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South Sudan


South Sudan is the world’s third most fragile state (Fragile States Index, 2022), after Yemen and Somalia. A 2018 peace agreement (Footnote 1) brought an end to 5 years of civil war (though significant sub-national conflict continues), established a transitional government (Footnote 2), and set out a path to the creation of national institutions and holding national elections. One of the deliverables of the peace agreement was the Revised National Development Strategy (PDF, 4.1 MB) which sets out the vision of the transitional government for long-term sustainable development with peace as its foundation. However, progress against all elements of the peace agreement – including the development strategy – is slow, inconsistent, and significantly behind schedule. Elections are now due in December 2024 but the process is significantly behind schedule.

South Sudan has some of the worst Human Development Index (HDI) indicators in the world, ranking 185 out of 189. The United Nations (UN) estimates that 9.4 million people, about 75% of the population, will require humanitarian assistance in 2023. Women and girls are disproportionately disadvantaged. South Sudan is ranked the sixth lowest performer globally in the 2021 to 2022 Women Peace and Security Index. Gender-based violence is widespread, over half of all girls are married before they are 18, and a third of girls fall pregnant before the age of 15. South Sudan is highly vulnerable to climate change. Temperatures in South Sudan are rising faster than the global average, rainfall is increasingly intense and unpredictable with the result that parts of the country are entering a fourth consecutive year of flooding and others are highly susceptible to drought.

Top Priorities

  • We will deliver the commitments in the UK’s International Development Strategy through supporting the most vulnerable through humanitarian assistance; reducing conflict; supporting the establishment of democratic and accountable institutions; and providing essential services.
  • We will provide lifesaving humanitarian assistance to the most vulnerable people in South Sudan and strengthen their resilience to shocks.
  • We will deliver quality health and education services focussing particularly on women and girls and test approaches to preventing Gender Based Violence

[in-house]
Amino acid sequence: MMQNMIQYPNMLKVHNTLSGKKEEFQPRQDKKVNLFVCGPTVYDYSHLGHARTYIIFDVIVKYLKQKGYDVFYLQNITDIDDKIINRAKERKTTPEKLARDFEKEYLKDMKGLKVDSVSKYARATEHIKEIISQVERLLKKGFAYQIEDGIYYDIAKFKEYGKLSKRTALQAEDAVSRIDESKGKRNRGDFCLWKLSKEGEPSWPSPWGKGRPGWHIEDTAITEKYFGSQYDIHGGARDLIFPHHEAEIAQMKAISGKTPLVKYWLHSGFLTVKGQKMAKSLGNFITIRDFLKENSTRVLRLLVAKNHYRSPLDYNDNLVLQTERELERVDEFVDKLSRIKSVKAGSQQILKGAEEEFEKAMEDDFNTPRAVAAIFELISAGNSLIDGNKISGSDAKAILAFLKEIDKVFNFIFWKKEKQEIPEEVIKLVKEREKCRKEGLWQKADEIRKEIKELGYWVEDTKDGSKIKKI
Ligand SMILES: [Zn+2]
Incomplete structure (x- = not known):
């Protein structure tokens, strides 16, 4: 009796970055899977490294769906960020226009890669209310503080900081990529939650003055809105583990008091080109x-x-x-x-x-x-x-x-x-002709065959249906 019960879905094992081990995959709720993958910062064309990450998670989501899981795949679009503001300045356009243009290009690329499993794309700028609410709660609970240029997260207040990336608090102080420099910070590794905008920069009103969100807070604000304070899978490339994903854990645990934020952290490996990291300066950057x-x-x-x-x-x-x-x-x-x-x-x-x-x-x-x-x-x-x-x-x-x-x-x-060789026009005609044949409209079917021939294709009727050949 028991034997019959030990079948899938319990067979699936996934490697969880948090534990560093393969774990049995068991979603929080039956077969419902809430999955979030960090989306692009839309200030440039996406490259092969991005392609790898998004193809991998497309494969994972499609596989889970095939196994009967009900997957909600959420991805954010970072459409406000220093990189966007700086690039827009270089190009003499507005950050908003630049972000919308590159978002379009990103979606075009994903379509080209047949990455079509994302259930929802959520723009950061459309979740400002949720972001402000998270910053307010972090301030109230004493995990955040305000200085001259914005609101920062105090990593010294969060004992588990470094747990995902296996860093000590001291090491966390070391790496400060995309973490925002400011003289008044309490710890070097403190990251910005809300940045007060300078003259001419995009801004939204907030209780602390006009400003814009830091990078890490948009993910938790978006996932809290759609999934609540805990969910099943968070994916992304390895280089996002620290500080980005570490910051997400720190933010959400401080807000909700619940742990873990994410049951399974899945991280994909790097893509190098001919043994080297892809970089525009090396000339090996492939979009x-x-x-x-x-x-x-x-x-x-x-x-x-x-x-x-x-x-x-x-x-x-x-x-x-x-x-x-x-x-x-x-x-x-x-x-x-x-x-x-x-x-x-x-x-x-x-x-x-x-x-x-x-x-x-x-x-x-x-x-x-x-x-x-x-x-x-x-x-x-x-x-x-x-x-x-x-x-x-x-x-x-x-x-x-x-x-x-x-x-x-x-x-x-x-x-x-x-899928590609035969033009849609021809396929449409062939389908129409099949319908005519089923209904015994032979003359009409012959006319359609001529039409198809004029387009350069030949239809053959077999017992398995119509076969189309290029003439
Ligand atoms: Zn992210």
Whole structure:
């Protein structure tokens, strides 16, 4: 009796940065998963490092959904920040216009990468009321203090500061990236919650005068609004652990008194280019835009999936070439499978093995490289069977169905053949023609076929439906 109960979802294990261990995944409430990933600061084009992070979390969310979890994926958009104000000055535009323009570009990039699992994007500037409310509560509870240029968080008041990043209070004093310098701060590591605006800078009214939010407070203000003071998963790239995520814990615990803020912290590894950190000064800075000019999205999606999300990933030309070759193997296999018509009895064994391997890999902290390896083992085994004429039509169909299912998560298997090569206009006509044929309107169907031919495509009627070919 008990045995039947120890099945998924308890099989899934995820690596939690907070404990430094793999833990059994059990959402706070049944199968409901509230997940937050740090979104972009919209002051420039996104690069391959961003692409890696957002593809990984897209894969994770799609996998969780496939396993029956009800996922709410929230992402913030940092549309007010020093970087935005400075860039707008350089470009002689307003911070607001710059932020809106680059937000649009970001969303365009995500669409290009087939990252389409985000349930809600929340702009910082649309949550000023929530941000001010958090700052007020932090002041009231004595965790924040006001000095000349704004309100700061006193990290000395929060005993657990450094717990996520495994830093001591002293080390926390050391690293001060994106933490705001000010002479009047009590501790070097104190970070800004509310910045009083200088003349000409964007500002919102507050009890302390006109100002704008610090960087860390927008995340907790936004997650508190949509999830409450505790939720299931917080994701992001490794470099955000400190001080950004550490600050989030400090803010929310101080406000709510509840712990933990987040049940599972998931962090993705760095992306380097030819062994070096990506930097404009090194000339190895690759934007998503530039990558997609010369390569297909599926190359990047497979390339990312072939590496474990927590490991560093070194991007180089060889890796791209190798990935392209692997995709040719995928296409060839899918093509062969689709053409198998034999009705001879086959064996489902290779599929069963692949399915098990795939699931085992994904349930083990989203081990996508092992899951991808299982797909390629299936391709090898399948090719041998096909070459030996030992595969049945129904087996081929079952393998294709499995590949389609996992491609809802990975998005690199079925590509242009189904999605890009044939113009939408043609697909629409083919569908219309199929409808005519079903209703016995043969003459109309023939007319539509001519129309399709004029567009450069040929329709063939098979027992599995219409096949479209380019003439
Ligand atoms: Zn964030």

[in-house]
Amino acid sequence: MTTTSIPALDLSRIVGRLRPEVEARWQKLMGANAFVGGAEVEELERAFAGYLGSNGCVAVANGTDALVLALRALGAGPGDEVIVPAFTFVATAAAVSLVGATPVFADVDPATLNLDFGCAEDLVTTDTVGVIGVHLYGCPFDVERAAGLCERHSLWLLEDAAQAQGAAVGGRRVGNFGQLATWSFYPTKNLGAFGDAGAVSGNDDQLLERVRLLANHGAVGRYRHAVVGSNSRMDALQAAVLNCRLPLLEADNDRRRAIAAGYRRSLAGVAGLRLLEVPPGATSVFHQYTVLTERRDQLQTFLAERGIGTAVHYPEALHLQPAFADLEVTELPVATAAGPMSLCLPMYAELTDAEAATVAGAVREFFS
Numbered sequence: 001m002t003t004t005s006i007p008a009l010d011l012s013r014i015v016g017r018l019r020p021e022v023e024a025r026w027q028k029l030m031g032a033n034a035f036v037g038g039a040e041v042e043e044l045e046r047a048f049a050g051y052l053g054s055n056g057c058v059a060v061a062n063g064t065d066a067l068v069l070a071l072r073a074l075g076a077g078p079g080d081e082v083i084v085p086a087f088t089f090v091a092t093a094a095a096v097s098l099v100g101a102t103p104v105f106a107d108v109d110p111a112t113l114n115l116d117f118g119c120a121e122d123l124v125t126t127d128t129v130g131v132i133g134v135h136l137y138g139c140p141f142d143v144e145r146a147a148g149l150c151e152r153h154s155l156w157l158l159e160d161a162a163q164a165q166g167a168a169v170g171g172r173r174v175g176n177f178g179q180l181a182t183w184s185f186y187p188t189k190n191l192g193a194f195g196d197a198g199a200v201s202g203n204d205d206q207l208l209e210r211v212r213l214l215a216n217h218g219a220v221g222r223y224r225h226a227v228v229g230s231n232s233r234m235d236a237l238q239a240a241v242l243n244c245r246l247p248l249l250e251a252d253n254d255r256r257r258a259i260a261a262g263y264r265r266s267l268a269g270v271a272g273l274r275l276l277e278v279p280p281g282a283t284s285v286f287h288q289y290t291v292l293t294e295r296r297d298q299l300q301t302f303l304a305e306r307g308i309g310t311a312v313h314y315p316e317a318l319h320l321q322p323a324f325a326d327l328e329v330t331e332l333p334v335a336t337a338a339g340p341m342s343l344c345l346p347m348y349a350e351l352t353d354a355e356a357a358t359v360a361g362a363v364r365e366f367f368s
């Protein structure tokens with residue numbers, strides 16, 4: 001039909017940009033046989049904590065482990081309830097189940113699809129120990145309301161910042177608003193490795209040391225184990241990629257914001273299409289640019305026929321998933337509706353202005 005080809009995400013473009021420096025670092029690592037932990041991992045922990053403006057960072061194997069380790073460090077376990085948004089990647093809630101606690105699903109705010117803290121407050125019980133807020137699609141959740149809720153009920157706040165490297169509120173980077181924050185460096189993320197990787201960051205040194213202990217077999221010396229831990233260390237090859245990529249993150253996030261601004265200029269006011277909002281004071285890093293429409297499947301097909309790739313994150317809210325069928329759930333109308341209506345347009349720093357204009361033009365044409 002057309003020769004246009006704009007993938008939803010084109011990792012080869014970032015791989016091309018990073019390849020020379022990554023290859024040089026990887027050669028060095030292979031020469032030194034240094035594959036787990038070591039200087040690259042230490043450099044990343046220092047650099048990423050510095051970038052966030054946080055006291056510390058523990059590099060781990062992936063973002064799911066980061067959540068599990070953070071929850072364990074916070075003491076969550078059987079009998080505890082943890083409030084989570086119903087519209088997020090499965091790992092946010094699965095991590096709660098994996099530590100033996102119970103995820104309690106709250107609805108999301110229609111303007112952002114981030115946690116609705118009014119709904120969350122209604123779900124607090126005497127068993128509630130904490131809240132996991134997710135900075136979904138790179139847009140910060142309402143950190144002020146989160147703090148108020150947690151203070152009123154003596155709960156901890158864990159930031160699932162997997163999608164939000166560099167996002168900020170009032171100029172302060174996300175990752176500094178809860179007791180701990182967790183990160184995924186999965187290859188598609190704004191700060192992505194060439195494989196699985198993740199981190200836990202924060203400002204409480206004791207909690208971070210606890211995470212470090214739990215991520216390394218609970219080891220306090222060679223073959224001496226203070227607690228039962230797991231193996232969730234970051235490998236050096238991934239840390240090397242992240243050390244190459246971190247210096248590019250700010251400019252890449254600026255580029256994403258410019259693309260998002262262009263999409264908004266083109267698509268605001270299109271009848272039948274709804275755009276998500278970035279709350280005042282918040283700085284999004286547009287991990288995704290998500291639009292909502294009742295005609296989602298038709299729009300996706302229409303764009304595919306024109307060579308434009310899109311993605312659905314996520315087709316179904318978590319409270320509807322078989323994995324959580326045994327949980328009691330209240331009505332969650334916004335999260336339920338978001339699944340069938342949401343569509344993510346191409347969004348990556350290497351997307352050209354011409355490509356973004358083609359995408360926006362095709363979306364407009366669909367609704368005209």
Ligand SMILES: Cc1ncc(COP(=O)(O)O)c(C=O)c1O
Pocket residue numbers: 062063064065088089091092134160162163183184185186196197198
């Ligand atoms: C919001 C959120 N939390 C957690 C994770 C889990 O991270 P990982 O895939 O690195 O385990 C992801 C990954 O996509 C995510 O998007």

• We will work to promote peace, strengthen public financial management and increase democratic accountability.
  • We will work with partners to reduce the impacts of climate shocks for the most vulnerable, support communities to rebuild livelihoods and reduce dependency on food aid and explore how education and health programmes can build climate resilience in these sectors.
  • We will take forward the commitments in the White Paper: International development in a contested world: ending extreme poverty and tackling climate change in a way that meets the needs of the people of South Sudan
Note: Many country summaries were written prior to the creation of the Foreign, Commonwealth and Development Office, and are being incrementally refreshed.
Disclaimer: Country borders do not necessarily reflect the UK Government's official position.

Top projects in South Sudan

Children supported to gain a decent education.


2015 - 2020 Source Information
Women and girls using modern methods of family planning through DFID support.


2015 - 2020 Source Information
People reached with humanitarian assistance (food aid, cash and voucher transfers) through DFID support.


2015 - 2020 Source Information
Children under 5, women (of childbearing age) and adolescent girls reached by DFID through nutrition-related interventions.


2015 - 2020 Source Information
People with sustainable access to clean water and/or sanitation through DFID support.


2015 - 2020 Source Information

Sectors and budgets in South Sudan

Help with Sector and Budget Figures
Please note that although budgets are generally split by year, some departments publish budgets that span multiple years. These are represented in the first year of their allocation. Cross-government allocations such as Prosperity Fund and Conflict, Stability and Security Fund are known to duplicate budgets published by other departments, as well as using multi-year budgets.


Sectors groups as a percentage of country budgets according to the Development Assistance Committee's classifications.


Programme budget total by year approved at the Programme level to date.

Current finacial year - 2024/2025 £3.38M

Download IATI Activity Data for South Sudan

Implementing Partners

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Partner(s) Active Programmes